Abstract: Neutrinos provide a promising window to probe a wide range of fundamental physics. Neutrino related discoveries in the last two decades indicate that the answer to the most sought after question of why we live in a matter-dominated universe maybe within reach. Although more than a trillion of neutrinos pass unnoticed through our bodies every second, they still remain largely mysterious. These ghostly little particles are notoriously difficult to detect given how rarely they interact with matter and require building immense and exquisitely sensitive detectors. The Deep Underground Neutrino Experiment (DUNE) is a long baseline neutrino oscillation experiment at Fermilab and South Dakota with primary goals of resolving the neutrino mass ordering and measuring the charge-parity violating phase, the indicator of a possible explanation for our matter dominated universe. However, the path to DUNE is technologically very challenging as it will be the biggest, most intense neutrino experiment ever to be built. After briefly reviewing the current state of neutrino physics, open questions and recent results from accelerator-based neutrino oscillation experiments, this talk will describe the DUNE experiment along with the rich physics that it offers and highlight some of the challenges involved in realizing such an experiment.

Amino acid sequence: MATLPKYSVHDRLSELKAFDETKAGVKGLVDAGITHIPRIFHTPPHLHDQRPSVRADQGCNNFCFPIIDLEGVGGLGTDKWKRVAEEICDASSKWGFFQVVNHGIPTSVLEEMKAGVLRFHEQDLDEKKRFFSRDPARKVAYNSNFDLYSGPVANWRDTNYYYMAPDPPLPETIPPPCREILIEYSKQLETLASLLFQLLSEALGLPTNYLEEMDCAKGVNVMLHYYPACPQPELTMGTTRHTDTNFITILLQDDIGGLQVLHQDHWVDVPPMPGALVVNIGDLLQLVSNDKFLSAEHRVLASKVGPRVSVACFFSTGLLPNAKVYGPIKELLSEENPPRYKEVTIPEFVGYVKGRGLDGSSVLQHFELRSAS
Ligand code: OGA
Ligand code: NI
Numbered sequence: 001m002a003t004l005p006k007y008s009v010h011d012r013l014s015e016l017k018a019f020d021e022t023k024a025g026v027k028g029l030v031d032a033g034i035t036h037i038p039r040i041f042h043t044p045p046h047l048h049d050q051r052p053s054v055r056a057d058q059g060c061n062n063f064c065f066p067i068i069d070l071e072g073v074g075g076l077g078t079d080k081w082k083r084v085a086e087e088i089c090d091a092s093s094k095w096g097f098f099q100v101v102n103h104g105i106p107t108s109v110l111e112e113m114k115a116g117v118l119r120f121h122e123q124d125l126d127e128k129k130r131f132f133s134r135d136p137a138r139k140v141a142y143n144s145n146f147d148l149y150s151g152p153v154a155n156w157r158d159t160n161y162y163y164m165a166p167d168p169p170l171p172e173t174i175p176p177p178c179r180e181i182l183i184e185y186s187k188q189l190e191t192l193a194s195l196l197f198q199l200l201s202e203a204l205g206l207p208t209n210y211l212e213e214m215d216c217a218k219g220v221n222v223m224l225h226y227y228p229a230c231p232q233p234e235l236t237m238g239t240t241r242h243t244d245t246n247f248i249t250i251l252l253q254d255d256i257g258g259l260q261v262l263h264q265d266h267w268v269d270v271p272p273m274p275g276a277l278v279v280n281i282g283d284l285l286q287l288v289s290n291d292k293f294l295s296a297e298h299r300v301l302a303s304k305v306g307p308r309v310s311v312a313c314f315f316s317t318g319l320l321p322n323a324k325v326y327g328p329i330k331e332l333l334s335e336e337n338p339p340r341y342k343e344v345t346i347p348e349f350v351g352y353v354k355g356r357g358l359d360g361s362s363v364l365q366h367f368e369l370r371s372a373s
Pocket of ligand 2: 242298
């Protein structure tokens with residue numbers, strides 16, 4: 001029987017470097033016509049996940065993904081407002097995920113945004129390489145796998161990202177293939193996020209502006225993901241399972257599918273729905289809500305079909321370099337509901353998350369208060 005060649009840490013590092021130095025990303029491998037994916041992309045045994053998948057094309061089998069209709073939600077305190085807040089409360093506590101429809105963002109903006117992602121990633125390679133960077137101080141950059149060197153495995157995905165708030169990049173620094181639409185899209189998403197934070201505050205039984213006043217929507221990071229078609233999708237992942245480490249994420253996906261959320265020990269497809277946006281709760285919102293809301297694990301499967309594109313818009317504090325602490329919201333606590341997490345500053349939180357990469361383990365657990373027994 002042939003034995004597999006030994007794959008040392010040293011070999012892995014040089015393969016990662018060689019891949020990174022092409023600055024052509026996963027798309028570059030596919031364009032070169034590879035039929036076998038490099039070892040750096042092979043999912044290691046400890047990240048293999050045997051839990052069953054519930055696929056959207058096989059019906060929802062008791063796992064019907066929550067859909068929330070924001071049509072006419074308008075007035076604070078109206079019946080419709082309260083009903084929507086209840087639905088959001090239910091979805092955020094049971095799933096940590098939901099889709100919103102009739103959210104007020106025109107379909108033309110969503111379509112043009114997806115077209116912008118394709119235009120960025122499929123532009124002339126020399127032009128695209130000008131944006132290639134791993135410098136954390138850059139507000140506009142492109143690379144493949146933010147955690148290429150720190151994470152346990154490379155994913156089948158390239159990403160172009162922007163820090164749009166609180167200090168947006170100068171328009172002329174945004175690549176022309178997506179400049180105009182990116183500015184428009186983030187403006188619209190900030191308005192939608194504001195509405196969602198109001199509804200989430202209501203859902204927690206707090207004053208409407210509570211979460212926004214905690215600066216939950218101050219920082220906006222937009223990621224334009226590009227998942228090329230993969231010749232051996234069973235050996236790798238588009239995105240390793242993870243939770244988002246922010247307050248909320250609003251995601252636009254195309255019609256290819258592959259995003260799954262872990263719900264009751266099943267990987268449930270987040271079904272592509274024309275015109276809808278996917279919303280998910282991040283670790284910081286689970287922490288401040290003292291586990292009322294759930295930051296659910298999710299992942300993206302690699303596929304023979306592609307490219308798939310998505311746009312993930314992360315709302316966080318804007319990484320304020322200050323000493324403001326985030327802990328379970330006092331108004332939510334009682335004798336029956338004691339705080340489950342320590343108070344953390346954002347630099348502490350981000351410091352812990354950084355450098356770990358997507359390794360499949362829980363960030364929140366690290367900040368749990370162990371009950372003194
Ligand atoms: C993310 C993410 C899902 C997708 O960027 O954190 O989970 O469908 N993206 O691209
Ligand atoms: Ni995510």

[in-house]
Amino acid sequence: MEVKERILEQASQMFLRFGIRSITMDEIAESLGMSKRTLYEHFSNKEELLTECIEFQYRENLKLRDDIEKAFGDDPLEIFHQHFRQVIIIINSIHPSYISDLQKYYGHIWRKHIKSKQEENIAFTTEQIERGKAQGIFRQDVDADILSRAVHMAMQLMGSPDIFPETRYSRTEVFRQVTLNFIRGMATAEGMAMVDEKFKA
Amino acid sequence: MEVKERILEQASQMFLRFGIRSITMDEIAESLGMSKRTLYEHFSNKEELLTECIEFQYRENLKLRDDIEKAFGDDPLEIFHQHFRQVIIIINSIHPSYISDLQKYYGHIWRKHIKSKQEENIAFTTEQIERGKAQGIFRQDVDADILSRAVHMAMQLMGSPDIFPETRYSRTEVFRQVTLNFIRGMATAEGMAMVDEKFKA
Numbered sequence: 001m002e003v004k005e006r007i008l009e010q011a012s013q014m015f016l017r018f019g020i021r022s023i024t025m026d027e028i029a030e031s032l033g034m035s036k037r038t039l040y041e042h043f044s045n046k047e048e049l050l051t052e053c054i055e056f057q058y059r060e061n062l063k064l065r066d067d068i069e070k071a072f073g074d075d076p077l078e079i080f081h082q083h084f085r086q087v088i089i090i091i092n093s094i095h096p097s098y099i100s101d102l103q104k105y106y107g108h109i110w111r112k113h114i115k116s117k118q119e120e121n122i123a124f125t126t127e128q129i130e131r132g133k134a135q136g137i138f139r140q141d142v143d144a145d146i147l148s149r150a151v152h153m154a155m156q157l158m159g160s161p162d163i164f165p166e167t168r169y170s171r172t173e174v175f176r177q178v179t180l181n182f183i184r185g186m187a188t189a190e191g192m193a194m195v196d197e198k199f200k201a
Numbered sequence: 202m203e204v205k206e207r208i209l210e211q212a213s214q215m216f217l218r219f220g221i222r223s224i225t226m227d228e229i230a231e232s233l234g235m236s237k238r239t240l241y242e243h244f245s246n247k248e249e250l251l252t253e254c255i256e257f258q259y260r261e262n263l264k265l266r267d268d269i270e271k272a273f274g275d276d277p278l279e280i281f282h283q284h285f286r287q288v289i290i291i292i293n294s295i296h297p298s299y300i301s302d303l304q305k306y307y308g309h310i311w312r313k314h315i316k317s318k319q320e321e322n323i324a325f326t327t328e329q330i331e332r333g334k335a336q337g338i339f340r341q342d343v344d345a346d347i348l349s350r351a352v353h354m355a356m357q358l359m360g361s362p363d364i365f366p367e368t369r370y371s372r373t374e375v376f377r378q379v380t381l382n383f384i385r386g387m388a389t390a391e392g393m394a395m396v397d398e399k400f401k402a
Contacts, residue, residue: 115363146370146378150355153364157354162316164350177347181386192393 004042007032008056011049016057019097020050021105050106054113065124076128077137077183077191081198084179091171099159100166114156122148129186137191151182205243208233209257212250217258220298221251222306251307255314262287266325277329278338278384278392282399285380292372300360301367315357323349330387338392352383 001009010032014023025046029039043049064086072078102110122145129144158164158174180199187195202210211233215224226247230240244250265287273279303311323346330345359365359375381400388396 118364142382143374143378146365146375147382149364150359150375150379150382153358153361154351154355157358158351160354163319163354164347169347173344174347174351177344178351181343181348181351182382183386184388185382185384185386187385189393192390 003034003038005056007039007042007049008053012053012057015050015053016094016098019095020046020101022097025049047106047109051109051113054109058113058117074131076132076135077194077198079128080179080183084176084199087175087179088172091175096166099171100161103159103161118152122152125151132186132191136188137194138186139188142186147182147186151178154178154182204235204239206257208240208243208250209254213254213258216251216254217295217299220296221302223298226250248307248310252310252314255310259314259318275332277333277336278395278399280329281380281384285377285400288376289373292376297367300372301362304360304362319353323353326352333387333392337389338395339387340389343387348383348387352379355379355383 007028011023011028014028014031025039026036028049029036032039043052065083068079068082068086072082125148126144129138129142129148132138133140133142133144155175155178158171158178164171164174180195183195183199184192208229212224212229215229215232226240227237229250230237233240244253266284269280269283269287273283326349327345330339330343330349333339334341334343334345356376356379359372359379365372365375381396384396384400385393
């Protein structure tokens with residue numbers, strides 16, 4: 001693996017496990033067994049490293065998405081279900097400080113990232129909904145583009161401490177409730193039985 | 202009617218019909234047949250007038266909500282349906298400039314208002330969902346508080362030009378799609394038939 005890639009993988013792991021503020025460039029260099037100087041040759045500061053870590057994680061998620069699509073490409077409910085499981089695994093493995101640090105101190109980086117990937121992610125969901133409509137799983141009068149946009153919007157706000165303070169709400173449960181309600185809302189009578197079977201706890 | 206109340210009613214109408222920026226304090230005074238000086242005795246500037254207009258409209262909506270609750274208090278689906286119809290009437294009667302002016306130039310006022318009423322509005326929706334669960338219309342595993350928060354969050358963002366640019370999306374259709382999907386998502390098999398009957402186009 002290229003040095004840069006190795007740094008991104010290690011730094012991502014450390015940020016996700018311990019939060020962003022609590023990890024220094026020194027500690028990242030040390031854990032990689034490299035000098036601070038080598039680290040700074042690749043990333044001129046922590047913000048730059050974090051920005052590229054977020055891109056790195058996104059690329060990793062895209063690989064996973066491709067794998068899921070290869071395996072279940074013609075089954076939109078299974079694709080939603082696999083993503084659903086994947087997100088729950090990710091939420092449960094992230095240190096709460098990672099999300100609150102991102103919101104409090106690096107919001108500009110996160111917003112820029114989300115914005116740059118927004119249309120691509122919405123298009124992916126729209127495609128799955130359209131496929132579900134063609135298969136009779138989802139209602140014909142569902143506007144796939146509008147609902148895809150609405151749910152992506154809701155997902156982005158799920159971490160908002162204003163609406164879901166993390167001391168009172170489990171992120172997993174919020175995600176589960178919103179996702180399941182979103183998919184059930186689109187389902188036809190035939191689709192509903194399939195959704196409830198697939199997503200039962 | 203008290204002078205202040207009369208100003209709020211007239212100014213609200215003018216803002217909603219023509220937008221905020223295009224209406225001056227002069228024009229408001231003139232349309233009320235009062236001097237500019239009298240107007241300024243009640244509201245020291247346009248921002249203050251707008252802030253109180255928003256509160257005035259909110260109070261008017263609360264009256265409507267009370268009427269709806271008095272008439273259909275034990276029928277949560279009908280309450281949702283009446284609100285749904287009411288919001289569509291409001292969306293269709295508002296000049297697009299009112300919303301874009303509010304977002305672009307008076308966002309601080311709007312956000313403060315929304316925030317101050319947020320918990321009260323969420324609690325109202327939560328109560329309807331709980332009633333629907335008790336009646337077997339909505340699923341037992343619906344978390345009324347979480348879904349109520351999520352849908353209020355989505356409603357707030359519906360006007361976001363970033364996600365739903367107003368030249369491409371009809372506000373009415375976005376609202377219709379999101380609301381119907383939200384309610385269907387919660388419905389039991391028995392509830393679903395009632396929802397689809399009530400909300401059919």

About the speaker
Sowjanya Gollapinni's research is focused on studying one of the fundamental particles in the Universe called neutrinos. In the world of subatomic physics, neutrinos form the most bizarre tiny entities known to date. Scientists study these elusive particles to understand the biggest puzzles in the universe, from the structure of the atom to the formation of a star.
Sowjanya is currently part of the MicroBooNE, Short-Baseline Near Detector (SBND) and Deep Underground Neutrino Experiment (DUNE) LArTPC experiment collaborations.
For a big picture understanding of the importance of neutrinos and Sowjanya is doing, you can watch her public lecture here.
Also, more details on Sowjanya's research can be found here.